During this week’s oral arguments on California’s Prop 8, Justice Samuel Alito questioned whether the court could take a stand on gay marriage, which, he claimed, was “newer than cell phones or the internet.” Questionable logic aside, Alito’s insistence that wariness represents the appropriate response to any sort of “new” arrangement of sexual politics attracted… Read more →
By Jacqueline Antonovich
-American Academy of Pediatrics supports same-sex marriage.
-A new film documents Black Power and Feminism.
-The British women who voted before it was legal.
-Guitar production continued during WWII – thanks to women.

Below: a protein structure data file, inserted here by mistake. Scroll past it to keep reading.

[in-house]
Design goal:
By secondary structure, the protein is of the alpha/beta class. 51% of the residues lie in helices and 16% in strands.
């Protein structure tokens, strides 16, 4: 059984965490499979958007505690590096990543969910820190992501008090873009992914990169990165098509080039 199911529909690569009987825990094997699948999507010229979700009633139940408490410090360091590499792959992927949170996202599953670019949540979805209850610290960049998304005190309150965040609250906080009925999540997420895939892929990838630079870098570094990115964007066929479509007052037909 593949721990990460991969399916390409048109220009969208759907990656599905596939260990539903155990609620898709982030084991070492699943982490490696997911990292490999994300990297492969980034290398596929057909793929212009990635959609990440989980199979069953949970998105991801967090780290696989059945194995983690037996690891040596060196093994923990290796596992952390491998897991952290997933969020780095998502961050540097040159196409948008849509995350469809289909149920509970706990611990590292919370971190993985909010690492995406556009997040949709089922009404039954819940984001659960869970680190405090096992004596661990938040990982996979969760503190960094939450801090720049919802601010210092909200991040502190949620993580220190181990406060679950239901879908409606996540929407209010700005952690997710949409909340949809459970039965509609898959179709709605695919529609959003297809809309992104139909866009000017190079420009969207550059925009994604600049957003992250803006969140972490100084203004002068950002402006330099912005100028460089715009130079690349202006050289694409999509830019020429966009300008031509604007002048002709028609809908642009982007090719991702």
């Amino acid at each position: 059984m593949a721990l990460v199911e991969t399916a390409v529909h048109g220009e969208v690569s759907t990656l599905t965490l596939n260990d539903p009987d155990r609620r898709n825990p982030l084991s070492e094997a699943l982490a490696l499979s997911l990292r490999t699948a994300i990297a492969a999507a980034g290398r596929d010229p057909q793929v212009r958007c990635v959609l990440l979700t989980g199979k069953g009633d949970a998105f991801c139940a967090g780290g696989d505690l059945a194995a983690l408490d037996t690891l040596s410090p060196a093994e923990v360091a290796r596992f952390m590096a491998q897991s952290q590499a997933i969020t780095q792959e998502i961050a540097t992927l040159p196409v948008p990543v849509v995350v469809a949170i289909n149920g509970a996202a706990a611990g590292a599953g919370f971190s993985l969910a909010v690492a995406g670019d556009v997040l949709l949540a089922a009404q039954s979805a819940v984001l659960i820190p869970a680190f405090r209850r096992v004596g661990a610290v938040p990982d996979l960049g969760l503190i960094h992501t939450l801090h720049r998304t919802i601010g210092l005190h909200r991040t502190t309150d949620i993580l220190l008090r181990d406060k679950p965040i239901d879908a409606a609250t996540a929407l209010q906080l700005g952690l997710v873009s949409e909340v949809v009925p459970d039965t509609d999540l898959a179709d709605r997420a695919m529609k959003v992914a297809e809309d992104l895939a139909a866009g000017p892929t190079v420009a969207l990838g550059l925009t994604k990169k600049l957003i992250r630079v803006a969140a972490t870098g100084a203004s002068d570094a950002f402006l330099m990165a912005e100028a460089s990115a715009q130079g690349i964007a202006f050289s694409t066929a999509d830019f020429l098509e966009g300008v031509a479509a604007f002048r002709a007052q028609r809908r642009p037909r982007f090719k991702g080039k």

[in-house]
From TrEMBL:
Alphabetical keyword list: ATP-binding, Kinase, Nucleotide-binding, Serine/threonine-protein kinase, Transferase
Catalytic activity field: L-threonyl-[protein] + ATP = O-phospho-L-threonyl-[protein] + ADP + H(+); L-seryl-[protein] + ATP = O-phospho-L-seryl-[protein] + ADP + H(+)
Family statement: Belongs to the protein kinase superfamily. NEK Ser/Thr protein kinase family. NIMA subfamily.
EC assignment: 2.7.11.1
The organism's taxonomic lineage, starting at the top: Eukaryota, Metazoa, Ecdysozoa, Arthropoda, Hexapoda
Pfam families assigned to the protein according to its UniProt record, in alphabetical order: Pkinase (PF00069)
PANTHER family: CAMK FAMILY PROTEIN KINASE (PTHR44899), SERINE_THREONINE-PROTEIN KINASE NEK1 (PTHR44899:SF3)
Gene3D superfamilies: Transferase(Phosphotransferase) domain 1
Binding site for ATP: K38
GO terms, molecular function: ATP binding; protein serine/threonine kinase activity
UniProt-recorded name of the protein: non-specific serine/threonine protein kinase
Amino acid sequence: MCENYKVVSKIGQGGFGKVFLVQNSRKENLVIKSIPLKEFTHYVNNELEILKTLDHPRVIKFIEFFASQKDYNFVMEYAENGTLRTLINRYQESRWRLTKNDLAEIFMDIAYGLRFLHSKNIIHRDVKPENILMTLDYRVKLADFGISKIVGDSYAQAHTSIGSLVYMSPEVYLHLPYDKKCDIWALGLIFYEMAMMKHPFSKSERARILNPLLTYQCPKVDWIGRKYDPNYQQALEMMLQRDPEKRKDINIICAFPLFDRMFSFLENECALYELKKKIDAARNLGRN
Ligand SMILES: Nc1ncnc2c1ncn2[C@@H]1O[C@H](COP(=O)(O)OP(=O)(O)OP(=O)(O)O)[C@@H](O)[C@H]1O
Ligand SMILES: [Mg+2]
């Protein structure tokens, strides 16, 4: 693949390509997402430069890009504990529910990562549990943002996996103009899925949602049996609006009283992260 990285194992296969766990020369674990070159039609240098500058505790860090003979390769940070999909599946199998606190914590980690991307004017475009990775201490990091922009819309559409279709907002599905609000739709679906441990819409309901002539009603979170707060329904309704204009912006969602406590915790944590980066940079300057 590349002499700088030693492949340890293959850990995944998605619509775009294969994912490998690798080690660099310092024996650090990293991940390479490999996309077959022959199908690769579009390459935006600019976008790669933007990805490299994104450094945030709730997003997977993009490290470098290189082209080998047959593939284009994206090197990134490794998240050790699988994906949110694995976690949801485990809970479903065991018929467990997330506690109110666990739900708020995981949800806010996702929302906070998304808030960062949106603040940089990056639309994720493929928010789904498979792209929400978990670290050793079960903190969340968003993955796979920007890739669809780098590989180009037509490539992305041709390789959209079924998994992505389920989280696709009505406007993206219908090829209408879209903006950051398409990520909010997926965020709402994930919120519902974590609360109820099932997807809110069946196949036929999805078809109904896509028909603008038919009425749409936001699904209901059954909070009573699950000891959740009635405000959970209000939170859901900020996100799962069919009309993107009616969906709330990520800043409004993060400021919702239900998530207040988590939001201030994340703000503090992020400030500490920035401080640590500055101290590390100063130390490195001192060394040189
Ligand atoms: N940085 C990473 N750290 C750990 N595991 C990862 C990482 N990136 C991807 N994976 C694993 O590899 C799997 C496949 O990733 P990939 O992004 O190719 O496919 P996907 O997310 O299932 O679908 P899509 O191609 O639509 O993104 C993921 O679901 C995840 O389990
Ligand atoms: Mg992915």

-Newly-found Oscar Wilde letter.
-One step closer to 3-person IVF.
By Austin McCoy
The Steubenville rape case and CNN’s disturbing response to the conviction of the two football players illustrate the pervasiveness of rape culture in American society. As Blogger Lauren Nelson highlighted in her piece, “So you’re tired of hearing about rape culture,” politicians, news pundits, athletes, teenagers, men, and women have displayed some or all the characteristics of rape culture recently—victim-blaming, shaming, and (online) bullying, objectifying women, demonizing sexually active women, perpetuating the notion that (young) men, especially athletes, are entitled to act upon women’s bodies without their legal consent, and sympathizing with those judged guilty.
By Carolyn Herbst Lewis